- There is less water being sold, so the cost/unit has to rise to cover costs; see this post.
- Higher prices are a good way to encourage conservation; see this post.
In a nutshell, here's the problem:
- HWD sells a lot of water to people with large lots (1+ acres) that have animals, landscaping, and "irrigated lifestyle" features.
- HWD proposed an increasing block rate structure per meter that would have added 40-50% to the water bills of people who used the most water -- regardless of lot size or number of residents.
- A number of residents complained that it was "not fair" if they had to pay "wasteful" rates when they merely suffer from large lots. (Some people worried about "caregivers" -- an uncommon activity that's more emotional than "horseriders.")
Tier 1 (0-10 units) @ $1.70/unit.
Tier 2 (11-30 units) @ $2.35/unit. (up 38%)
Tier 3 (31-30 units) @ $3.12/unit. (up 33%)
to these ones:
Tier 1 (0-10 units) @ $2.04/unit.
Tier 2 (11-22 units) @ $2.72/unit. (up 33%)
Tier 3 (23-42 units) @ $3.40/unit. (up 25%)
Tier 4 (43+ units) @ $4.52/unit. (up 33%)
Note that these new prices were revised downward from this initial proposal:
Tier 4 (43-59 units) @ $5.10/unit. (up 50%)
Tier 5 (60+ units) @ $6.80/unit. (up 25%)
The rate increases were canceled in response to public outcry and what appear to be failures to comply with public notification guidelines.
The directors backed down, IMO, because they could not justify higher prices as either fair or efficient. The first mistake that they made was to set prices per meter instead per capita. Had they done that, the debate would have turned from "caregiving" to "urban ranching" -- with significantly-different moral implications. (HWD can find the number of people in a house through informal survey and audit mechanism; even though few of us are audited, most of us tell the truth to the IRS.)
The second mistake they made was to basically double rates on the highest (now eliminated) fifth tier. I would have suggested a lower increase and then a waiting period to see if demand was less than supply. If it was, the price would not change. If it was not, the directors could have called for another hearing, to raise prices on people using "more than their fair share" -- after all, humans come before landscaping, right?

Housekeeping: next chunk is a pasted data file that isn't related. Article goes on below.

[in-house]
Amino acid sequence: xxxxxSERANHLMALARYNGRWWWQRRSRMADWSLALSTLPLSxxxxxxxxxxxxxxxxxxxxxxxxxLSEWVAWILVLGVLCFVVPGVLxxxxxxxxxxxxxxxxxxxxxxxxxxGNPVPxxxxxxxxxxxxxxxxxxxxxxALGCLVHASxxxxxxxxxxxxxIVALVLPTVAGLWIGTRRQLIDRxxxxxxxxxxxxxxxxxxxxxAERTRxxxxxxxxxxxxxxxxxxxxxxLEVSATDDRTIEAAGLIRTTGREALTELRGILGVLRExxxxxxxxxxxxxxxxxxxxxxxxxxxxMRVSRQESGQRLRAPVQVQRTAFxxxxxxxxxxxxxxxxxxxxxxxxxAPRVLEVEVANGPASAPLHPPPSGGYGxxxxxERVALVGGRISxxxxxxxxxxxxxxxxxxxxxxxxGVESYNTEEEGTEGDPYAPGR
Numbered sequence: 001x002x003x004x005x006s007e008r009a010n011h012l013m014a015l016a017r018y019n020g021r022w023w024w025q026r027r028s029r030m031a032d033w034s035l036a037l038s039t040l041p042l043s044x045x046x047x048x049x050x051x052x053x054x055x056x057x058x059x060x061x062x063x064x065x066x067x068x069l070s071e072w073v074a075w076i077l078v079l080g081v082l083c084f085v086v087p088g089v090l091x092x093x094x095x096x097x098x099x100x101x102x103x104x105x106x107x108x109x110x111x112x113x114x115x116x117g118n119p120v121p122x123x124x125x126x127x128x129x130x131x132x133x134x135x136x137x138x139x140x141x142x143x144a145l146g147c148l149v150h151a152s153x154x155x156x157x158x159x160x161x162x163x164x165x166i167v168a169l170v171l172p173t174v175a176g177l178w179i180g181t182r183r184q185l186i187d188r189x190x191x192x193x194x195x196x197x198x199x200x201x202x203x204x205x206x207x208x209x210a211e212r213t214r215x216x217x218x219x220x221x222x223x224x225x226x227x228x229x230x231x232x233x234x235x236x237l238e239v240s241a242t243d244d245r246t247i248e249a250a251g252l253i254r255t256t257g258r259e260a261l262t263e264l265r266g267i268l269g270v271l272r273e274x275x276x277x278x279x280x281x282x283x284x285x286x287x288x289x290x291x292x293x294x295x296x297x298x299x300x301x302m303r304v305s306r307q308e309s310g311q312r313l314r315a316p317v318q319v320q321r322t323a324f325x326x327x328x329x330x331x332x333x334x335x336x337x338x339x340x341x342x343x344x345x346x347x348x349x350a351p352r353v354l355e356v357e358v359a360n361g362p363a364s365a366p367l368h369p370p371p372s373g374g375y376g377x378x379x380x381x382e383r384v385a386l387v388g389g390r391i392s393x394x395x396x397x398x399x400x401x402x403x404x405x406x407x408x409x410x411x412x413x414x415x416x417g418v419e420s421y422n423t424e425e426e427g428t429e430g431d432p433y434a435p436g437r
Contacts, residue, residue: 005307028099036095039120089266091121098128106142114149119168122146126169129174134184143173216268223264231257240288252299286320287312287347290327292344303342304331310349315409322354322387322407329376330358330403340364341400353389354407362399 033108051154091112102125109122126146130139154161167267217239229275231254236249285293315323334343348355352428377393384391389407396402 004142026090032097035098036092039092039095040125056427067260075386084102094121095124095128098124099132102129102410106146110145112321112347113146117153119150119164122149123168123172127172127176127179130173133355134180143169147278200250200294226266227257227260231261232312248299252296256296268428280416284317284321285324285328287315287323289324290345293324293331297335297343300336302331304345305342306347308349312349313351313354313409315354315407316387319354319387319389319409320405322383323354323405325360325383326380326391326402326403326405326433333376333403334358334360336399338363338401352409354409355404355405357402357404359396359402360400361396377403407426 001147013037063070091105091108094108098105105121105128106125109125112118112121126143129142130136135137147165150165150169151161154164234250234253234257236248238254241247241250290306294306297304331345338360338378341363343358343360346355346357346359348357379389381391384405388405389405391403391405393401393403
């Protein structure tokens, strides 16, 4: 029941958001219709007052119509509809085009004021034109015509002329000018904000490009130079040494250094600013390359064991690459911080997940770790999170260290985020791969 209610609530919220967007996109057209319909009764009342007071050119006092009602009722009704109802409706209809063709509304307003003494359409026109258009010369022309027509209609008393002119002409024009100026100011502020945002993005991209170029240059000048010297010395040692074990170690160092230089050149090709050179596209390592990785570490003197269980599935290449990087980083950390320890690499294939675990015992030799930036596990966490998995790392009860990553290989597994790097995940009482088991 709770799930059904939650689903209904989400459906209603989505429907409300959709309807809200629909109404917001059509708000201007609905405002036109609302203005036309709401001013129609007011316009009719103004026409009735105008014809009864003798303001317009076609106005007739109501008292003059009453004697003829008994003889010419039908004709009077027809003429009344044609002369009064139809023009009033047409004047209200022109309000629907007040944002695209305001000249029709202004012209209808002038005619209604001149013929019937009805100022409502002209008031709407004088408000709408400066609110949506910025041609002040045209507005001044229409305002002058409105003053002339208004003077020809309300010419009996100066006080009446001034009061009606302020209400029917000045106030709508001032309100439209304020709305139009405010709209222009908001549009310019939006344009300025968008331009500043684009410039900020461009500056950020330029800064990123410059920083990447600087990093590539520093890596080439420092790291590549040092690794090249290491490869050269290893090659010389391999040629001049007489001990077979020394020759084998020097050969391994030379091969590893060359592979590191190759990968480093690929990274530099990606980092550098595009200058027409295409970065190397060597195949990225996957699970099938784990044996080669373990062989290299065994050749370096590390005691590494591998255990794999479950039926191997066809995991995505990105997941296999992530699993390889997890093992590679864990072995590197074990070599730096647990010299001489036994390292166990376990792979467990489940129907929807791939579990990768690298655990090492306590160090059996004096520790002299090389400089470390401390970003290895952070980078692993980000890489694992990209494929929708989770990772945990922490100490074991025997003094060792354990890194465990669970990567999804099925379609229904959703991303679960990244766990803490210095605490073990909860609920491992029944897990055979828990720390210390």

In their defense, the directors did point out the inconsistency of charging increasing block rates to residents when irrigation/business/government users "enjoy" flat rates. Here's my suggestion of how to charge them increasing block rates.
The Helix directors will listen to public commments on a proposed price structure on June 3rd. I hope that they move to per capita prices, but they will probably move to water budgets -- an expensive-to-calculate, difficult-to-understand system that will lock in cheaper water for people with larger lots. AT least it seems to be what they are saying in their current proposal:
To help focus the revised rate study, the board directed staff to apply water conservation goals across all user classes equally, maintain the current three-tier system for the Domestic Class, raise the commodity charge by the same percentage across all user classes and all tiers, implement water budgets for the Irrigation Class, maintain a single unit cost of water for Commercial and Multi-Family classes (no tiering), and prohibit irrigation meter pricing on single-family lots. Within the Irrigation Class, Tier 1 pricing will be full cost recovery, and pricing exceeding the target water budgets will be used to offset conservation activities. The plan will allow single-family lots two meters if they wish to install them, but both will be billed at Domestic Class rates.I disagree with water budgets and ongoing flat rates, but perhaps that's all that's politically feasible.
Too bad, since I'd hate to see HWD run out of water because people are irrigating in the desert (13 inches annual rainafall).
Bottom Line: Man-made water shortages will last until we get prices in line with supplies. The best way to set water prices is on a per capita basis. Urban water is for people, not lawns!